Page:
Best known for their tradition of spiritual carvings, the art of the Mah Meri tribe of West Malaysia draws heavily on their spiritual and animistic beliefs. One of their most important festivals is Hari Moyang (Ancestors’ day), during which they conduct rituals to give thanks to and receive blessings from the moyang (ancestral spirits).
A highlight of Hari Moyang is the highly expressive ritualistic mask dance. The women weave their own skirts, sashes, and tiaras out of pandan leaves, while the men don fearsome masks intricately carved out of nyireh batu, a reddish hard wood. The performance itself tells the social history of the people through gestures that mimic everyday life, while the masks represent the different moyang, namely Gadeng, Keteq, and Ambai.
Each mask is treated with care and reverence, and cannot be given to anyone else since it is imbued with the power to protect the owner and his family. It has to be hung in the living room by the village chief and positioned across the main entrance.
The bongsan talchum is a masked dance drama developed in the Hwangdae region (in North Korea) in the 18th century. It is regularly held on Dano Day (5th day of the 5th lunar month). According to Korean shamanism, when a person dons a mask, he or she spiritually transforms into the very thing the mask depicts. Whether a deity, a spirit, a member of the opposite sex, or an animal, the physical contradictions at odds are removed by the magical art embodied by the mask—which is often overly exaggerated and dramatic in appearance.
Composed of seven acts, the performance includes ritualistic elements for warding off evil and for purification. The presence of fearsome creatures, such as the lion, is thought to be effective in scaring off evil spirits. The masks are painted in vivid colours, each shade a marker for personality, social class, gender and age.
There are over 250 types of masks used in Korean dance for various purposes, categorised into:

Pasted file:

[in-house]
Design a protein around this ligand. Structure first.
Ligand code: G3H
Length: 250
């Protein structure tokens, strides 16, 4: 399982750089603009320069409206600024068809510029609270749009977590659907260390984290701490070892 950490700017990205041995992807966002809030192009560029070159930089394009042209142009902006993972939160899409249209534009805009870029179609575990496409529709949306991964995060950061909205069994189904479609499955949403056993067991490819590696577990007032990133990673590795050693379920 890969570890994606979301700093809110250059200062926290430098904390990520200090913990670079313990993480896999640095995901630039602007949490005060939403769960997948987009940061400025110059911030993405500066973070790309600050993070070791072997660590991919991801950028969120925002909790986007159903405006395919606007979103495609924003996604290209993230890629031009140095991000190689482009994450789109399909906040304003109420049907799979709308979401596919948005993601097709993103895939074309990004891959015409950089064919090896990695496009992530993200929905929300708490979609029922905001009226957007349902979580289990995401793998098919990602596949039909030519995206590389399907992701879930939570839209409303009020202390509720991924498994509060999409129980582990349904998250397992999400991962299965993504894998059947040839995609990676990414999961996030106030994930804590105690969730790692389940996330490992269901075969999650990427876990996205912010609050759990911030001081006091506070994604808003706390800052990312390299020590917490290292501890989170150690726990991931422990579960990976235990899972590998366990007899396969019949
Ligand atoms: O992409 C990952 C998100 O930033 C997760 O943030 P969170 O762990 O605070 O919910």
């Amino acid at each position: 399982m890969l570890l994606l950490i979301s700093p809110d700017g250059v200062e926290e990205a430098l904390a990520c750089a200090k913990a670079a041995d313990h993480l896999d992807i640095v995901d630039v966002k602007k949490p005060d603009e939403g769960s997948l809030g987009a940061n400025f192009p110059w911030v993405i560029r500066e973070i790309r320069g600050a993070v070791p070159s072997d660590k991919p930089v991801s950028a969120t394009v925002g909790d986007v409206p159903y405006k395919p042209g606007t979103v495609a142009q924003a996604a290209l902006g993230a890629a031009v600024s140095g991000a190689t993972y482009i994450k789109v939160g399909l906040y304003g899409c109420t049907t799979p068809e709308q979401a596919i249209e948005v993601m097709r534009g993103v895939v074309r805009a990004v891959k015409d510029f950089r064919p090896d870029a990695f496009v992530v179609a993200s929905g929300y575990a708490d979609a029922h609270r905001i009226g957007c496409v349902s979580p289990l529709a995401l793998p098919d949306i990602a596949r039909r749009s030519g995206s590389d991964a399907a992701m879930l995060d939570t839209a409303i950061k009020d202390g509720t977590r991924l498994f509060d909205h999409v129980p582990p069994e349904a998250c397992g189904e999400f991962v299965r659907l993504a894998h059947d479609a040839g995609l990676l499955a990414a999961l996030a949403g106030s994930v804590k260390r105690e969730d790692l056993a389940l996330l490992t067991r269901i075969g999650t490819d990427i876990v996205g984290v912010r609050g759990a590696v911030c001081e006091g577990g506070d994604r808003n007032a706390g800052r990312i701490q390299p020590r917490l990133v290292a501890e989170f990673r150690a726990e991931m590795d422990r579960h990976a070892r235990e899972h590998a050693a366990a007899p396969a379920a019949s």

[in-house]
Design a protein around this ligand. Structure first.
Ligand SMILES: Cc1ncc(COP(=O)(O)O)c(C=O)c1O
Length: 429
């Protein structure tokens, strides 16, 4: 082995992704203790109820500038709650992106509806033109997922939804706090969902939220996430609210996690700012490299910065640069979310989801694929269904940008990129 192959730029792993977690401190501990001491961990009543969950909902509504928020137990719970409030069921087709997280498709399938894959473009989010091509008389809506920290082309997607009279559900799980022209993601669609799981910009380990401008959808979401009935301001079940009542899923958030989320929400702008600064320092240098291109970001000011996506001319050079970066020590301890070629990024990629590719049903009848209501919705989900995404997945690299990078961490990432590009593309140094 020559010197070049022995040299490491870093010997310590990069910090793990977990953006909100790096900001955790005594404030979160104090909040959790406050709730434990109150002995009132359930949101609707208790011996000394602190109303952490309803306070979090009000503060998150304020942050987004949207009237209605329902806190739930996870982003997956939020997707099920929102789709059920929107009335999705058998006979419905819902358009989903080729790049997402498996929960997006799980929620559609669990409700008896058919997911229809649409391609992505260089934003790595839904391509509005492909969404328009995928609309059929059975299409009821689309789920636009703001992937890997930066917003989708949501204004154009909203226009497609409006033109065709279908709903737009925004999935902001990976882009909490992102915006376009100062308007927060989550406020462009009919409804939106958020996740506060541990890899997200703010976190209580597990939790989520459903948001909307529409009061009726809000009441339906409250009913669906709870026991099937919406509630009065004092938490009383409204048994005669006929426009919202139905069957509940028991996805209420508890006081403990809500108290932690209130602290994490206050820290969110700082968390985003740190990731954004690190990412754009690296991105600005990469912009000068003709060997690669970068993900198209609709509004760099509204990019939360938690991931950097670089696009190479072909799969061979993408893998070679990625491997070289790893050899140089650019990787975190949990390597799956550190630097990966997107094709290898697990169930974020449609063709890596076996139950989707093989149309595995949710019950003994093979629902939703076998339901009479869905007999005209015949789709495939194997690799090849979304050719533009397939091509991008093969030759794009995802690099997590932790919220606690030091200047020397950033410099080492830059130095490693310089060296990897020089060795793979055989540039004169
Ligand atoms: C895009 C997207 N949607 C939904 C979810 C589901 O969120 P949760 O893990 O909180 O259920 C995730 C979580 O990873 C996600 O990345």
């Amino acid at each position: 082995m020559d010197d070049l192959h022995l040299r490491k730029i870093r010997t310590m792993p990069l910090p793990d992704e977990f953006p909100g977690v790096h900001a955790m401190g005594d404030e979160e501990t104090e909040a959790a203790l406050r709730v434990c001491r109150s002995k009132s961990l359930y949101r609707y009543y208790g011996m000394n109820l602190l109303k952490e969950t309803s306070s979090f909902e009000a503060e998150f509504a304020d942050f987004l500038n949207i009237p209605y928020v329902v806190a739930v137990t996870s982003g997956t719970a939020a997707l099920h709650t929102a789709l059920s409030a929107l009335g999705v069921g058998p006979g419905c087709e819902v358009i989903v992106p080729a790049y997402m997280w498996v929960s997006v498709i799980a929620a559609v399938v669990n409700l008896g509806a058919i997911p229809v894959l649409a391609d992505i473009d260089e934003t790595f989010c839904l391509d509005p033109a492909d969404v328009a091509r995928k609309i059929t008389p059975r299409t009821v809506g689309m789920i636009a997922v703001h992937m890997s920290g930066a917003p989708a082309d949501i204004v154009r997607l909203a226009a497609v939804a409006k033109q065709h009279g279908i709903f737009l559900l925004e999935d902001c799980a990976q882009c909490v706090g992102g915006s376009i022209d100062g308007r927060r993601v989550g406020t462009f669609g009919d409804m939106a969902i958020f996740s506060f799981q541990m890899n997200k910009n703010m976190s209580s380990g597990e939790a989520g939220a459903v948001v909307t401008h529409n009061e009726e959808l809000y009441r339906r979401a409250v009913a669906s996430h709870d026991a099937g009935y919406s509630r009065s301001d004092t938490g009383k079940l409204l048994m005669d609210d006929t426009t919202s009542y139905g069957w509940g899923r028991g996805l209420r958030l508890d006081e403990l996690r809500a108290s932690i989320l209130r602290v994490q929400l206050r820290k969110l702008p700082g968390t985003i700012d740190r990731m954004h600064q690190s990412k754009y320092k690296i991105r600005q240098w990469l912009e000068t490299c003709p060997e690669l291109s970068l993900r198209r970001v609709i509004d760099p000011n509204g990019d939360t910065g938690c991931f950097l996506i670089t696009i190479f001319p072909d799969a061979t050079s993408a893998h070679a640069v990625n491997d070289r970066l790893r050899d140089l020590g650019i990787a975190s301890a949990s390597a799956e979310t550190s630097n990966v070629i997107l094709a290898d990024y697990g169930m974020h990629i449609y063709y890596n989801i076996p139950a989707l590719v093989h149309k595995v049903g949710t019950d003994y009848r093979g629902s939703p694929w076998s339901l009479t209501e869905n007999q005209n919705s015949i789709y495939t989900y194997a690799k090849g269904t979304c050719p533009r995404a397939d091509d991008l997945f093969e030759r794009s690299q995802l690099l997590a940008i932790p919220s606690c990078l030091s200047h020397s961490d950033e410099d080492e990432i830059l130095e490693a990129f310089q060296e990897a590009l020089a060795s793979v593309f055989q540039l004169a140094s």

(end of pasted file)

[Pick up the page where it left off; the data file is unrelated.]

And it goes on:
Many Sri Lankan dance forms can be traced back to the Kohomba Kankariya, an ancient ritualistic dance originally performed by Indian shamans. In the ves dance (also known as “devil dance”), performers don spiritual masks and elaborate costumes.
Traditionally a purification ritual known as kohomba yakuma to treat the mentally disturbed, it could only be danced within the premises of certain temples before it became secular in the 19th century. Performed by an all-male troupe, the costume featured in this dance is called suseta abharana, which represents the god Kohomba and is made up of 64 ornaments said to be a replica of what he wears.
Each performer wears a crown made up of a tiara, a forehead plate, silver spokes shaped like rays which fan outwards from the base, and a 115cm-long ribbon that trails down from the tip. The process of draping the cloth covering the lower half of the dancer’s body is also a ritual on its own. Mango-shaped ornaments hang over the ears of the performers while sheaths resembling the head of a cobra cover the shoulders. Instead of a breast plate, ornamental ivory and beaded chains decorate the chest.
The suseta abharana is so sacred that performers are not allowed to bring the costumes home. They are instead stored in temples, in specially woven boxes called ves pettiya.